From Grammarly — Who Writes Better: Men or Women?

Grammarly (www.grammarly.com) conducted a study with 3,000+ participants to settle an existential question that has been plaguing mankind for centuries (or maybe a few years here and there):

“Which gender has the better writers?”

They published the results to the question above in an infographic (below) and I got permission to share it here with you. I thought it would be fun for some discussion.

 

Grammarly_MenvsWomen_Writers_infographic

 

The results for characters question splits out equal from both perspectives — I think it’s only natural that we include bits of ourselves in our writing, since that’s a person we know best!

Pronouns & Determiners are pretty evenly split, too.

What do you think about the plot vs character and long vs short sentences? Would you put yourself in the majority in those categories?

I would for the first – I like (try) to develop my characters and have the plot follow. For sentences, I do my best to write short active sentences, but there are times when long works better!

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From their website: Grammarly’s online grammar checker is the most accurate tool for grammar correction on the market. 

Disclosure: This is an online tool you have to pay for (minimum is $29.95/month); I’m not a subscriber, but it can’t hurt to check it out when you have a minute or two if it’s something of interest — they do offer a 7-day free trial period. Remember to read all the Terms and Conditions!

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LisaJJackson_2014Lisa J. Jackson is an independent writer and editor who enjoys working with businesses of all sizes. She enjoys sharing writing resources when she finds them. You can connect with her on Twitter,FacebookGoogle+, and LinkedIn.

30 thoughts on “From Grammarly — Who Writes Better: Men or Women?

  1. As a musician, I know that every Tom considers himself to be a player (they all think they can sing). Playing an instrument isn’t necessarily difficult, most can learn pretty quickly, and they all want to join a band.
    We’ve entered the age of eBooks and POD (Print on demand) and it seems that every Tom now thinks he can be a writer. For the most part it isn’t a difficult task. But we have to remember that the cream rises to the top.
    I think it’s wonderful that so many give it a try, that they have easy access to publishing or recording music. That’s all a good thing.
    Good writers are few. And the art of writing isn’t just about penning a few words or complex sentences anymore than learning to play guitar chords makes you a musician. Freedom of expression is splendid.
    The good work will stand for itself and it will rise to the top; that after all is what it’s really all about. Our primary mission however, is to raise children that know the difference. There in lies the real challenge.
    As for men vs. women? I’m right brained, artistically minded, and I connect more with those traits attributed here to woman.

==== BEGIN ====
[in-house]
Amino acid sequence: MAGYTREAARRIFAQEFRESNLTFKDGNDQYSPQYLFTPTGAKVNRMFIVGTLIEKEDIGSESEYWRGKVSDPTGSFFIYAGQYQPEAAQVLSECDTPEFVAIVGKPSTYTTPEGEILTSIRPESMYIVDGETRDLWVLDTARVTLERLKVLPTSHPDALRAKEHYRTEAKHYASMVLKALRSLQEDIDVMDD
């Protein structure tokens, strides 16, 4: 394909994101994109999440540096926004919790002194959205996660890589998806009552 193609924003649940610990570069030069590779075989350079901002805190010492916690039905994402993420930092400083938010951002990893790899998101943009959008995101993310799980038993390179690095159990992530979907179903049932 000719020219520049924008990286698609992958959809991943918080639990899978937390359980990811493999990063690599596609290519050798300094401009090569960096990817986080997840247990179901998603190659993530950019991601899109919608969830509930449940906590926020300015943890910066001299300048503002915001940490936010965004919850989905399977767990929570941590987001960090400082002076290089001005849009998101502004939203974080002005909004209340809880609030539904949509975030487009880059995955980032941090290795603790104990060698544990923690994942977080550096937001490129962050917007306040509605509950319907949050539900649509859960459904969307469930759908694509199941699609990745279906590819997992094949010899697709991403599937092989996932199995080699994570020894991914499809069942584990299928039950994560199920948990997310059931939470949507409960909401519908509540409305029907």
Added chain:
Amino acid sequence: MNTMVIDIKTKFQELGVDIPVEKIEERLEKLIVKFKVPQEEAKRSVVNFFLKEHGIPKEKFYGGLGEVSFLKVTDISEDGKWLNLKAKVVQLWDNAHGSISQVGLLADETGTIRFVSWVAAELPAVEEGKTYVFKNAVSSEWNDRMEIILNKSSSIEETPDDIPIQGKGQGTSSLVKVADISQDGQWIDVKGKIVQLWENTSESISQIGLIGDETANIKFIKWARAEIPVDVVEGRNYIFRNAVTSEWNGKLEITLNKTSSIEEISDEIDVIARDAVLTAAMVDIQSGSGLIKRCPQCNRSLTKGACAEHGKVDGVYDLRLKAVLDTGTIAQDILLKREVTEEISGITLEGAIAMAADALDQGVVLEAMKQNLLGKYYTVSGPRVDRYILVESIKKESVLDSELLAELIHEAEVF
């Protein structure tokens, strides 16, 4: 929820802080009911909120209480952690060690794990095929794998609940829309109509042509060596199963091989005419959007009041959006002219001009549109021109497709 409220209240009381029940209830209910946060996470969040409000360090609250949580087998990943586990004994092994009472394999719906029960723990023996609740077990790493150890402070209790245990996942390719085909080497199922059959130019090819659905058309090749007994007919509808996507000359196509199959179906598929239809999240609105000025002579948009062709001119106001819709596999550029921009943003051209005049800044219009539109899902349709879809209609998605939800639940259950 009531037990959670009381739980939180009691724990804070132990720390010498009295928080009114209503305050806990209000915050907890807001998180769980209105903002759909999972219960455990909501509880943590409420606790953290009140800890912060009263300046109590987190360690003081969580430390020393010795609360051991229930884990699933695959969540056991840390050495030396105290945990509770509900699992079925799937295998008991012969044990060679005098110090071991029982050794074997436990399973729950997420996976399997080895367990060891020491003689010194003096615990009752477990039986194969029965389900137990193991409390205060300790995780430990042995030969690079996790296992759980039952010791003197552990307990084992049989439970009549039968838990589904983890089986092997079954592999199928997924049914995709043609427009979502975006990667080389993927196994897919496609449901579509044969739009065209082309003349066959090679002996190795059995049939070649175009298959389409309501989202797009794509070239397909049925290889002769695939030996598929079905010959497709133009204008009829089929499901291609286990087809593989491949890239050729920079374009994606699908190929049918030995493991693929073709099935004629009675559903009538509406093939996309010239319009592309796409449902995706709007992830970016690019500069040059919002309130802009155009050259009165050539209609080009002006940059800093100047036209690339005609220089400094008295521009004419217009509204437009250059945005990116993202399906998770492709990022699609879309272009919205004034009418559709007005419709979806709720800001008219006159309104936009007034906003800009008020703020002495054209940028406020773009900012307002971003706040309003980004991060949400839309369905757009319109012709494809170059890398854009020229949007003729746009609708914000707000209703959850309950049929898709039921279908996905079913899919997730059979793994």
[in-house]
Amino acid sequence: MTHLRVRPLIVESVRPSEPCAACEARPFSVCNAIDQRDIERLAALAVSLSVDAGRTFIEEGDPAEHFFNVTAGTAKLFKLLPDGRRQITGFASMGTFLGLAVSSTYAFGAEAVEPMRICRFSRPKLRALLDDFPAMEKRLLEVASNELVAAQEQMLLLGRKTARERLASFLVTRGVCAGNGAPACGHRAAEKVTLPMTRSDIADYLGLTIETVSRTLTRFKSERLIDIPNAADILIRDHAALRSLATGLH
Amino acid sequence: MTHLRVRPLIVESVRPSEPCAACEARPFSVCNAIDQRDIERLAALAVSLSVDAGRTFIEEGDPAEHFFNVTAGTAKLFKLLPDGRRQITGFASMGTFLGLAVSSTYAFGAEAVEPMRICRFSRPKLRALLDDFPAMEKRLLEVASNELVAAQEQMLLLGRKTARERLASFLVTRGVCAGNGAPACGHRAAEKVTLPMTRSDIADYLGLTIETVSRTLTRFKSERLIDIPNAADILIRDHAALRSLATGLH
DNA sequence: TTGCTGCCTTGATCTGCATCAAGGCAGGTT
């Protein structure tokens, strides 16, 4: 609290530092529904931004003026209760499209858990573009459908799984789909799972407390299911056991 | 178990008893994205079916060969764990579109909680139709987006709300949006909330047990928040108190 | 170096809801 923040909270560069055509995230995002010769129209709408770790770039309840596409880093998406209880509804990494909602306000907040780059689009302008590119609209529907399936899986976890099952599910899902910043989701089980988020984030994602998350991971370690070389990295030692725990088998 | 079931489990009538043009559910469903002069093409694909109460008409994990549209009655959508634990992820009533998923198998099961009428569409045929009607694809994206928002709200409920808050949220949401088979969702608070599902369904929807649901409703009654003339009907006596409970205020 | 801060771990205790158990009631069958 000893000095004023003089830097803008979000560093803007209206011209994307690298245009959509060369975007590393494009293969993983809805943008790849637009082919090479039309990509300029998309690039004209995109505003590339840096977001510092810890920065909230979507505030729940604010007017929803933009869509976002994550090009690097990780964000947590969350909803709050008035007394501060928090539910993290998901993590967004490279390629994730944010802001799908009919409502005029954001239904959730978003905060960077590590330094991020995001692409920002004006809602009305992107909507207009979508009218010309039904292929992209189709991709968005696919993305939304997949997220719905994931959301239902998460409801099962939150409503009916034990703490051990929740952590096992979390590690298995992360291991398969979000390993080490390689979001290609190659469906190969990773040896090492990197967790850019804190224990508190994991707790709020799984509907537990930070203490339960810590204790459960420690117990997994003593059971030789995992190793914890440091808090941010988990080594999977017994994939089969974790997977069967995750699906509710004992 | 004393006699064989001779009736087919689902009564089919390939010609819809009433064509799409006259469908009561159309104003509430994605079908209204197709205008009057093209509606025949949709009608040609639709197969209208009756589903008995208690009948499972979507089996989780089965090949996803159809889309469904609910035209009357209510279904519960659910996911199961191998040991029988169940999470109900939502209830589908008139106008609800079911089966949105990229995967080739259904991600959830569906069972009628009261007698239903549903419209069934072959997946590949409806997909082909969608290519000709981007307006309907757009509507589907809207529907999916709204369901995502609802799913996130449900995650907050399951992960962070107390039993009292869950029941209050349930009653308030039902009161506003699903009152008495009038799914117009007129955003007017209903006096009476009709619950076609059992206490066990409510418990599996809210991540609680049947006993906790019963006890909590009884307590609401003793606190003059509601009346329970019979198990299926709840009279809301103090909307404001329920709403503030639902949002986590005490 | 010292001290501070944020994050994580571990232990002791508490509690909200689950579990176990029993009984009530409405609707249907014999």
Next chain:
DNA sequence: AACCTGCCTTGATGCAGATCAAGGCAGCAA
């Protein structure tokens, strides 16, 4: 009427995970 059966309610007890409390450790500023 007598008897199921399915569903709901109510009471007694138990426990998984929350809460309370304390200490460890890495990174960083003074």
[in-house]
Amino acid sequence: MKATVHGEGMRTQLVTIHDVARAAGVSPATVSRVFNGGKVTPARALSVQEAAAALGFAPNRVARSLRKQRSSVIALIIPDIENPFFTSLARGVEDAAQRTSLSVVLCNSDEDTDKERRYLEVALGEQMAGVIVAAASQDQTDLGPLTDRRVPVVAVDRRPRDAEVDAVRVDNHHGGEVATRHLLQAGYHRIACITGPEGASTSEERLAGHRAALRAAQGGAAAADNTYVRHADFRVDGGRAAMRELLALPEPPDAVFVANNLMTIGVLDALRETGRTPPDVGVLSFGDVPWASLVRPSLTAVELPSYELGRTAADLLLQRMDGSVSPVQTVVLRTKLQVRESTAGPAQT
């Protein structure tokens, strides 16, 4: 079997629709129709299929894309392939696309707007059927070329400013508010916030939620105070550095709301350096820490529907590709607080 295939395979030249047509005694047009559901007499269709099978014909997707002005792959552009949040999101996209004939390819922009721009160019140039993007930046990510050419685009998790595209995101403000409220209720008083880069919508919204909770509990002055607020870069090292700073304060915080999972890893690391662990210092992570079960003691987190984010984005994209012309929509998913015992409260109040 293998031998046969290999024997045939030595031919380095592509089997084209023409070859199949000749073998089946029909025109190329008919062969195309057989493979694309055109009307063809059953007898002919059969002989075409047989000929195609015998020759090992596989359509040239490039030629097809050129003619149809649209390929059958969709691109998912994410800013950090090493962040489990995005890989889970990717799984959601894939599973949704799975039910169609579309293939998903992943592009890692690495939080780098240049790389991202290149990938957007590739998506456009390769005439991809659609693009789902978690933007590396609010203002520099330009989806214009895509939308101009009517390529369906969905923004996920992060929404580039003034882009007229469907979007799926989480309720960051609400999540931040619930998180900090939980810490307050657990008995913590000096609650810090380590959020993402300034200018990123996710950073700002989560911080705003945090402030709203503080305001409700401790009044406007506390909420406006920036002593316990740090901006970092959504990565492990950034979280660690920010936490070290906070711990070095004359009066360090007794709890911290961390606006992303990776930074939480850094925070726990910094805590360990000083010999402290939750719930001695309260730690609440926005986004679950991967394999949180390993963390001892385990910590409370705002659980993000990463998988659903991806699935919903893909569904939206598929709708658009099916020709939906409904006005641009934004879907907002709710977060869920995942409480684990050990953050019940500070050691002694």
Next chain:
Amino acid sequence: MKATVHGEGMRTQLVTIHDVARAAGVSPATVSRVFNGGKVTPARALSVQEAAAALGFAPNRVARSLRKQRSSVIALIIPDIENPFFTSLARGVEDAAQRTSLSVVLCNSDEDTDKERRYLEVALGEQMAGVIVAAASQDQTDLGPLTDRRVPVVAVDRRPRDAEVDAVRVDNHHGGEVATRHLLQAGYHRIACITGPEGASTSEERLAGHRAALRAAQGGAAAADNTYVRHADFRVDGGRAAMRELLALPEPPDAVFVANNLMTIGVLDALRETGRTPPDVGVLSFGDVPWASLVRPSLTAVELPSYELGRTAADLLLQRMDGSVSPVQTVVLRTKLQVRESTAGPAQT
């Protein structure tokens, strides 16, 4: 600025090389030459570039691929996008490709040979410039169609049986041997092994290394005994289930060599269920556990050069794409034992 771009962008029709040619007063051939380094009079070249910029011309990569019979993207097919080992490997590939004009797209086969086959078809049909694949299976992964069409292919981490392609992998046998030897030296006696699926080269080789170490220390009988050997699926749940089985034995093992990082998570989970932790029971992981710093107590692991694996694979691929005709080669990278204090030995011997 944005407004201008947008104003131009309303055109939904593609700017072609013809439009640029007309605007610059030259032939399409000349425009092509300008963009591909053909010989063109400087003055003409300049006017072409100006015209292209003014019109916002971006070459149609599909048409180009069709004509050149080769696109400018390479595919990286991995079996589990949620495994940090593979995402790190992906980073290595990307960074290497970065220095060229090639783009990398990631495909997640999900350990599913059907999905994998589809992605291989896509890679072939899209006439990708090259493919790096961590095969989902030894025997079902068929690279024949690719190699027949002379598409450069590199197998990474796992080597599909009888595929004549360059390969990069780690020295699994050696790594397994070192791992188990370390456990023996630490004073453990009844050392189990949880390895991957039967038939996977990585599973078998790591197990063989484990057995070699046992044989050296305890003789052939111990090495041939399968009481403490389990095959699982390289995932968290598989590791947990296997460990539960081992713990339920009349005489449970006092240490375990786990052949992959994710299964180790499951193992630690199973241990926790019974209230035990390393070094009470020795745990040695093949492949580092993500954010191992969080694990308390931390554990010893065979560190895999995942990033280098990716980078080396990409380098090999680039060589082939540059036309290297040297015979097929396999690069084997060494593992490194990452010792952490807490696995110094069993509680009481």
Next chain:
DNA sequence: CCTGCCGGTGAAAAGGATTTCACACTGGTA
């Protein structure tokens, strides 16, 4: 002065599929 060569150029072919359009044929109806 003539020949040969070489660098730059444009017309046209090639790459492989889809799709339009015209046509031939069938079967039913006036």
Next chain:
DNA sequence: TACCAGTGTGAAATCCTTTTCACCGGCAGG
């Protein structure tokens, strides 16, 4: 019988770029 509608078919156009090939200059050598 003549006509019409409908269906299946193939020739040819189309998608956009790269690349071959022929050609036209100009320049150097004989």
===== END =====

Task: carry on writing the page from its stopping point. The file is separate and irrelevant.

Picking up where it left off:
2. This was timely; I was thinking yesterday about how most of the blog posts and articles I read from female authors are about character development, whereas most male authors are writing about moving the plot/action and starting “in the middle” for more interest.

    Both traits can be both good and bad. If I have a ton of action but I don’t car about who is doing said action, I won’t care, but on the other hand if I have two or more wonderful characters that aren’t doing anything, I’m going to get bored.

    Case in point, when I recently tried to read The Testament by John Grisham (best first chapter “hook” in a book ever, btw!) it had so much “stuff” going on by so many people and I didn’t know the characters enough to really care about the outcome so unfortunately that book is still to be finished. Then there’s the chiclit female author who can spend six pages on her characters “story” to the point where I know where they buy their designer shoes and which cocktail they prefer on Tuesday nights, but there’s no action, no conflict to keep me reading.

    The goal is to marry the two and I know both male and female authors who this very well. Great post!

  3. Pingback: I ♥ Grammer | wtf Am I On About Now?

  4. The answer is “neither” as who is better at something is a completely subjective argument with only opinions as answers. You can get as many stats as you would like to back up women being better or men being better but it is just numbers that prove nothing. Because somebody thought up a mathematical problem to prove their point proves nothing.

    In the end great writing is great writing no matter what gender writes it.

  5. Well by this measurement it appears I write more like a typical female writer than a typical male writer. I guess this goes to show you there is exceptions to every rule. Perhaps one would be better to take away from this certain things about your writing make one a better writer.

  6. Wow! Very interesting – I wonder if the short sentence versus long and descriptive sentences is also to do with what sort of literature men/women tend to be influenced by. For instance, perhaps men try harder to replicate Hemingway than women. Simply a theory of course!

  7. Pingback: Who Writes Better: Men or Women? | Caelys Tarin

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